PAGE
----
However, a lot of AI development is being spent in the cyber security space, as well it should with the advent of ransomware, sophisticated malware and the like. All the top technology companies are spending millions each year on AI and cyber security -- from Microsoft to Google, from Cisco to Symantec, including the big name anti-virus companies. However, in the last few years, there has been an increase in startups around security tools that tout machine learning and AI (Darktrace, Cylance, AlienVault, etc.). You can look at this trend by checking out Gartner's Top 10 Strategic Technology Trends for 2017, 2016, and 2015.

Robust security strategies are critical

While there is no "silver bullet" when it comes to protecting your company's network (at least not yet), it is important to have a robust, multi-layered security strategy. Unfortunately, those who are becoming most advanced when it comes to AI in terms of security are the ones on the offensive: cyber criminals, says Banking Technology. The way to combat these criminals is to escalate AI defenses. However, nothing is fool proof. There's not enough manpower in the world to make sure networks are 100% secure 100% of the time, especially with the prevalence of a cloud-based infrastructure.

Solid products, knowledgeable technical staff, and end-user training go hand-in-hand. This should include social engineering training and the use of AI/machine learning in your environment. As an example, on top of your traditional firewall and IPS (Intrusion Prevention System), add an industry-proven endpoint monitoring system, preferably one that uses machine learning to identify and prevent bad code from executing. Then, add a tool that gives you a holistic view of your entire network in real time that identifies advanced threats, including those stealthy, unconventional, silent attackers. Be sure that your end-user security training is inclusive, given regularly, and updated often as trends change around social engineering and phishing.

Additional risks in the healthcare realm

The risks with cyber security aren't just financial, although that aspect can certainly be devastating. We've all heard the stories of major retailers and credit card companies getting hacked for stolen account numbers and sensitive private information. However, the threat goes beyond that into the very realm of life and death. We're talking specifically about the healthcare industry. Whereas cyber attackers in years past have struck quickly and loudly as part of a virtual sneak attack, today's cyber criminals are taking it much more slowly and methodically. The focus now is not just on stealing the data, but altering that data without detection, according to CNBC.

Thus, long-term consequences can be devastating, as companies and healthcare providers attempt to isolate the altered data and determine which information is real and which is fake. This can have life-altering effects. For example, electronic medical records that are altered without the knowledge of doctors and nurses means critical misdiagnoses can adversely affect patients' health and indeed lives. This is why healthcare is just as important as the financial industry when it comes to cyber security, and all the more reason to leverage AI.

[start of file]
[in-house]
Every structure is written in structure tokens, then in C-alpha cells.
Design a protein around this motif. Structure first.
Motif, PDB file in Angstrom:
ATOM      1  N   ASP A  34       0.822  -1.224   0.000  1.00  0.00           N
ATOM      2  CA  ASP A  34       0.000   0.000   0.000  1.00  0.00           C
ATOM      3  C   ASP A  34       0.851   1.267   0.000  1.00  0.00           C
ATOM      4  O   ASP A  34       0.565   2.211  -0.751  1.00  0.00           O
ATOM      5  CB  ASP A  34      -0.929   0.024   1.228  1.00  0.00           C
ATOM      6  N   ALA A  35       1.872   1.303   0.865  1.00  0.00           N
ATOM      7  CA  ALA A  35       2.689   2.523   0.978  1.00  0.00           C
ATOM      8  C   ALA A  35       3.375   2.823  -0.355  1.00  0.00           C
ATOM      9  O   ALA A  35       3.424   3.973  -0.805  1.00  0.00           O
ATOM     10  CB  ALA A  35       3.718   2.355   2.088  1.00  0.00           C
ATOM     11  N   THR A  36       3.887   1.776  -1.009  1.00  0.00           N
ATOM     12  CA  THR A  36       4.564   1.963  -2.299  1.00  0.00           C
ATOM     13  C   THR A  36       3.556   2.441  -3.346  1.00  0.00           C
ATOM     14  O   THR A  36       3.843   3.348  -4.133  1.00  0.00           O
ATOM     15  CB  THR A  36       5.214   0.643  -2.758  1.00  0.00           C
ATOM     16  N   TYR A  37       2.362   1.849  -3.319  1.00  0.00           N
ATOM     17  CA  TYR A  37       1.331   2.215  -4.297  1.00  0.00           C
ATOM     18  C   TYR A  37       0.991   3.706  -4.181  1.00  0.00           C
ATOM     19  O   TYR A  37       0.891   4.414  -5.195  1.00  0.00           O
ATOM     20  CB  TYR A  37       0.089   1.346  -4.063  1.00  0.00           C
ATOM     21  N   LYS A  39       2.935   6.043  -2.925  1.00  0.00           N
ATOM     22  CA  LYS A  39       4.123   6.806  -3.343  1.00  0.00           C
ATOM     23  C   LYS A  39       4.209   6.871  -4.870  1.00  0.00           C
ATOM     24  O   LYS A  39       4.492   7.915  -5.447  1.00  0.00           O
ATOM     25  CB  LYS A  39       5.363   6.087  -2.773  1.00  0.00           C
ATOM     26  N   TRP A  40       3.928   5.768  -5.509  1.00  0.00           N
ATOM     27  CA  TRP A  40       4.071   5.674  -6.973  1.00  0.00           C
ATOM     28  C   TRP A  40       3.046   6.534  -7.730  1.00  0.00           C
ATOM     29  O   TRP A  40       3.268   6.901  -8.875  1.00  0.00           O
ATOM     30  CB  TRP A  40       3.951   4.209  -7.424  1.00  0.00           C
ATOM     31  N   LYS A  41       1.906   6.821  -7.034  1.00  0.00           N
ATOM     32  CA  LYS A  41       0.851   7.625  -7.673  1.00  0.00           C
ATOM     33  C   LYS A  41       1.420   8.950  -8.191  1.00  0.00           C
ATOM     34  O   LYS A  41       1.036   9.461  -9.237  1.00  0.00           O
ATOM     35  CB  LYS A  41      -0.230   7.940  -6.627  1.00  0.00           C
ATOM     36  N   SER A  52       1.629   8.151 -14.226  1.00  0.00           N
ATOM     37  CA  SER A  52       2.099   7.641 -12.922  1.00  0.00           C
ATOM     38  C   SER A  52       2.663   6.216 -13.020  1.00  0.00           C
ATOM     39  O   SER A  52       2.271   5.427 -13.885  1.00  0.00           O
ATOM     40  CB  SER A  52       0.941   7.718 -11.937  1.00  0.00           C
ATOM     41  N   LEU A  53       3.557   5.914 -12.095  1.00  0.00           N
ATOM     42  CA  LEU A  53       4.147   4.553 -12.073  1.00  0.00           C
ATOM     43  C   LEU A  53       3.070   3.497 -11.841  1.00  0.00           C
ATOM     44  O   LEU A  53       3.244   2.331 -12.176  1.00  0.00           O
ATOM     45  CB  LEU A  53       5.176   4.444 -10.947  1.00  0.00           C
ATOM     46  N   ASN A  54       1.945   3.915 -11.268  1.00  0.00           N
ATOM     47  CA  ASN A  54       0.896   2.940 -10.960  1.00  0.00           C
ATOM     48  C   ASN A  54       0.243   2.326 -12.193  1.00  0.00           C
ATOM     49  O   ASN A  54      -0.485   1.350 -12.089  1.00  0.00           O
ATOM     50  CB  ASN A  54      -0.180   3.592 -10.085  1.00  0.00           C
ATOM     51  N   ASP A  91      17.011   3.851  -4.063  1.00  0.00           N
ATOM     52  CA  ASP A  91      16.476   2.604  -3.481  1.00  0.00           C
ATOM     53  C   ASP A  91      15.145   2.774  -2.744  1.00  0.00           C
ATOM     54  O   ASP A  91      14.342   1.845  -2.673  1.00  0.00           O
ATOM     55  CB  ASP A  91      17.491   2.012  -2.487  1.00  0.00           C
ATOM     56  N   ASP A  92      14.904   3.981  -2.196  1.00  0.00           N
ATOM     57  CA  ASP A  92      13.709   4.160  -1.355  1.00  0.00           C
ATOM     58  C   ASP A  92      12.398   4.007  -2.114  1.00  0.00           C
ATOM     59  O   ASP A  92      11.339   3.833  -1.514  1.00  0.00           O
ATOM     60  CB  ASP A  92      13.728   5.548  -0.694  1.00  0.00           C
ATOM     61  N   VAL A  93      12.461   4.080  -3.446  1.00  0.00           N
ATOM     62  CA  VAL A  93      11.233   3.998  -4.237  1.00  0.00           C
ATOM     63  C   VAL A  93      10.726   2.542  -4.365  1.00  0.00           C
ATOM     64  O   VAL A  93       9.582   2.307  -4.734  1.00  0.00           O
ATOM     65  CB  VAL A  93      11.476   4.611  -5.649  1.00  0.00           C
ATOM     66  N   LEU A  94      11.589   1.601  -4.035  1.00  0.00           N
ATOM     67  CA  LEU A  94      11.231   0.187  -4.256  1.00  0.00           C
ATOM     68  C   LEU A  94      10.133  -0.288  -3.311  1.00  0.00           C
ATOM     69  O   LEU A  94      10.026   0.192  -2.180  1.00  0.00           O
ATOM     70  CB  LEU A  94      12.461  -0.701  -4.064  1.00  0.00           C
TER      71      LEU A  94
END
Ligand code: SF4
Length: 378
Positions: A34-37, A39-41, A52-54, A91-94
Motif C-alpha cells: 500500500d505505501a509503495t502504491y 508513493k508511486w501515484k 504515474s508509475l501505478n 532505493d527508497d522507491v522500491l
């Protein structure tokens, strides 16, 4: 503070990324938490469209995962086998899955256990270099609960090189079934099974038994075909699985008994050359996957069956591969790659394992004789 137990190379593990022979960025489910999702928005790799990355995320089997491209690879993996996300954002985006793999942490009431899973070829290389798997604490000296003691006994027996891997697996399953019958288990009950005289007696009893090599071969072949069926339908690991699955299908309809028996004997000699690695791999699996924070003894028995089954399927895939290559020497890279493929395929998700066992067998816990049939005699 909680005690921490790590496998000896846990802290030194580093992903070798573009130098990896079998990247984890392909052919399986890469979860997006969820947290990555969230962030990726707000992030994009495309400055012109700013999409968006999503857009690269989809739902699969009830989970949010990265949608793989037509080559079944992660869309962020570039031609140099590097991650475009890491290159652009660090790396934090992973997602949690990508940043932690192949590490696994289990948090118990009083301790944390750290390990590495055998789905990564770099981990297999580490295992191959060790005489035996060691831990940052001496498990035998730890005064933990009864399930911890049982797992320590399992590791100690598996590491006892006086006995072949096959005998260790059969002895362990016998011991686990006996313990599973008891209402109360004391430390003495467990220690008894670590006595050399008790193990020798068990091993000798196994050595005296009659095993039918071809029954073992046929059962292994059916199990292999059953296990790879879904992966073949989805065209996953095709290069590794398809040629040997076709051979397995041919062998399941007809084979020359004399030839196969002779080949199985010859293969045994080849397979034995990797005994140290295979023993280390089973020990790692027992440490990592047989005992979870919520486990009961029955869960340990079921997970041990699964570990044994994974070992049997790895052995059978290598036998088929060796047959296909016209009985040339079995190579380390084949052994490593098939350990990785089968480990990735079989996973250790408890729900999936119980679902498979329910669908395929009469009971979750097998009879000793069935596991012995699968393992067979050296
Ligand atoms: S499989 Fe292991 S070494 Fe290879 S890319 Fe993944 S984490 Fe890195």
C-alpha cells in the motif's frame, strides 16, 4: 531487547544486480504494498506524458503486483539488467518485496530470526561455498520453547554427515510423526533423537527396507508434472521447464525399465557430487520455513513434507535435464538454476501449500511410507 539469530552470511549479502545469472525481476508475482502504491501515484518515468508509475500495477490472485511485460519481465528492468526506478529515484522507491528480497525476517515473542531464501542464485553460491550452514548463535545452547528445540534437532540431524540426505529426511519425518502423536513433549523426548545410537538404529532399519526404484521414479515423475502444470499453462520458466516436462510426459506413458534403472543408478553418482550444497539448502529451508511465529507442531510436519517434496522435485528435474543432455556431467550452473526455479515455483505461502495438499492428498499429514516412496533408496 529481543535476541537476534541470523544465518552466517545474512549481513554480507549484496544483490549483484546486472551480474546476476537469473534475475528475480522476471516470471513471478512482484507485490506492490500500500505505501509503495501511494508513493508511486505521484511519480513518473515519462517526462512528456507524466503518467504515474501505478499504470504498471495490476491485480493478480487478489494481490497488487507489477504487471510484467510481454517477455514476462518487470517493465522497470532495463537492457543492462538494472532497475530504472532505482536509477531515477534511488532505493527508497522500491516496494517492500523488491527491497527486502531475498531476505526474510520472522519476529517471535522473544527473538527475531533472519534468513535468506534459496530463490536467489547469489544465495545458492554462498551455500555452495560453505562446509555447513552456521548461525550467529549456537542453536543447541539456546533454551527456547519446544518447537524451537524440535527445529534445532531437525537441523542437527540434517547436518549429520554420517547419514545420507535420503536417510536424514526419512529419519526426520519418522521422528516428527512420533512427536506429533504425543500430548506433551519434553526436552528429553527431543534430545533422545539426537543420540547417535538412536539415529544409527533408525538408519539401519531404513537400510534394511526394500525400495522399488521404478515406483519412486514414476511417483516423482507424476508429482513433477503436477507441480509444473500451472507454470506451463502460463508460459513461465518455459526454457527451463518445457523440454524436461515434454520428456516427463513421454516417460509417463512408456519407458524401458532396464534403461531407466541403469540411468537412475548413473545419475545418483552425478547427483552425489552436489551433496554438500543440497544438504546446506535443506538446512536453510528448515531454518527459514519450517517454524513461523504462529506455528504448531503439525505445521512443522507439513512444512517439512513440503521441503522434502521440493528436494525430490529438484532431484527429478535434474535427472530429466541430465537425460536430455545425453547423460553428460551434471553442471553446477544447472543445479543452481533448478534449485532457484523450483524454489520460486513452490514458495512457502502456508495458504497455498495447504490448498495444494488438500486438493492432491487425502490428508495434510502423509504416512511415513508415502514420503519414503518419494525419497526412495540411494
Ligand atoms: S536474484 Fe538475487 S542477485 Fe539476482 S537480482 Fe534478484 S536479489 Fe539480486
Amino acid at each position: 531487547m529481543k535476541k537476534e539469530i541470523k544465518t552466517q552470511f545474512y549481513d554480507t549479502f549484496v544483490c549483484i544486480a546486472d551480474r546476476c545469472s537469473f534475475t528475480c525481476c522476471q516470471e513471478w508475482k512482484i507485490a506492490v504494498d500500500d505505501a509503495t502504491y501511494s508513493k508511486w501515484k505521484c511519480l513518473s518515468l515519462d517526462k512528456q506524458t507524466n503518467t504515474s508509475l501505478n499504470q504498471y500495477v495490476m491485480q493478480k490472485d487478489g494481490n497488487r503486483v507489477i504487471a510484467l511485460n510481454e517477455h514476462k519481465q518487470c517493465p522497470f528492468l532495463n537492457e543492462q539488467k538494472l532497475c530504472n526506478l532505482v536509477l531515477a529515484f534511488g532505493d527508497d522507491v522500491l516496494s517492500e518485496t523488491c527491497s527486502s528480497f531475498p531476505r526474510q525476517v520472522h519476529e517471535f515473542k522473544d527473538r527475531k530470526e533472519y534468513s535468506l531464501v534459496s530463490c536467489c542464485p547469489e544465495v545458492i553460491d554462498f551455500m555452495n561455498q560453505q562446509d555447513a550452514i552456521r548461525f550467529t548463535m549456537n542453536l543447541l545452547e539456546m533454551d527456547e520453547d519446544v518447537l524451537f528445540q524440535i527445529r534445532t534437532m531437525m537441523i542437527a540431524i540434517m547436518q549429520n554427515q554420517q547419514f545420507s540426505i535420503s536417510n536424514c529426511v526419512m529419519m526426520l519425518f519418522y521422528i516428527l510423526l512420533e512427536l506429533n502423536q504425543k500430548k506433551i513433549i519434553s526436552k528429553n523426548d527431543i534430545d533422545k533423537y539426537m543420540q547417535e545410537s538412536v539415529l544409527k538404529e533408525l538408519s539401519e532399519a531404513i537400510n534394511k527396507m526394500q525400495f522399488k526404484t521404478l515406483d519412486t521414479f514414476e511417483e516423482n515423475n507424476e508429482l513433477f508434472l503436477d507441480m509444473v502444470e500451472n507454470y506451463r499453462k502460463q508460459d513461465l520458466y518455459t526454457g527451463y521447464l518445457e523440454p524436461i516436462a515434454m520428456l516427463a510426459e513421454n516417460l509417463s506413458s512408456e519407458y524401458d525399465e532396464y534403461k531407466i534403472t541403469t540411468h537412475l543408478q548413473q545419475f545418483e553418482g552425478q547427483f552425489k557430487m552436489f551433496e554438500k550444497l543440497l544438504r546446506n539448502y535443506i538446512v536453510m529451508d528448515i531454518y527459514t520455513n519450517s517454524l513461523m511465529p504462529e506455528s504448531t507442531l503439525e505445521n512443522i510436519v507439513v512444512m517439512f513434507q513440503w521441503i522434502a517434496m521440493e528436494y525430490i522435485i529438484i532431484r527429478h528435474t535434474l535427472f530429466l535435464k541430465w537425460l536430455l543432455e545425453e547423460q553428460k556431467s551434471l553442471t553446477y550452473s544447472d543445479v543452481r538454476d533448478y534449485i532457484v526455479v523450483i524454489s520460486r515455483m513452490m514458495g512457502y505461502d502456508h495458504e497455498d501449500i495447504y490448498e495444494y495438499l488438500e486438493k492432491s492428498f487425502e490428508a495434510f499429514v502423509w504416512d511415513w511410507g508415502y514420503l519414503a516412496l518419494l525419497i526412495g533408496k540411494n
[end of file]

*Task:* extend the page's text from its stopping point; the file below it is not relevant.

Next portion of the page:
In response, many security tech companies are trying to embrace more technologically-advanced ways of protecting important data. At the heart of these developing tools are an advanced algorithm that can adapt and learn normal patterns of life for every user and device in a network and find anomalies. One popular system is modeled after the human immune system, this technology mimics how the body can quickly identify and respond to all of the foreign threats it encounters every single day.

Threat detection advances

Threat detection is certainly a main focus of today's AI and machine learning technology push. Not only can it monitor human behavior, it can detect things that aren't quite right and sound an alert. Lately, big data -- the ability to collect, monitor and analyze ever-increasing volumes of data -- has been deployed in the ongoing battle to stay one step ahead of hackers and malicious actors (anyone from disgruntled customers to spying governments), points out Forbes. While big data can be a good starting point for decreasing cyber threats, inevitably a machine learning strategy will need to follow. And that's what we're seeing: advanced analytics and cutting-edge technology trying to tackle vast streams of data available via company networks, the Internet, and connected machines.

Right now, there's a battle of wills going on: the cyber attackers vs. everybody else. The winner will be the one with the control. AI is emerging as a tool to capture that control.

57% of executives trust AI security systems 'as much or more than' humans

Enterprises are turning to artificial intelligence (AI) to fight a growing cyber threat landscape, according to the 2017 Executive Application & Network Security Survey from security firm Radware. Some 81% of executives said they have implemented automated solutions for security, while 57% said that they trust these AI systems as much or more than human security professionals to protect their organizations.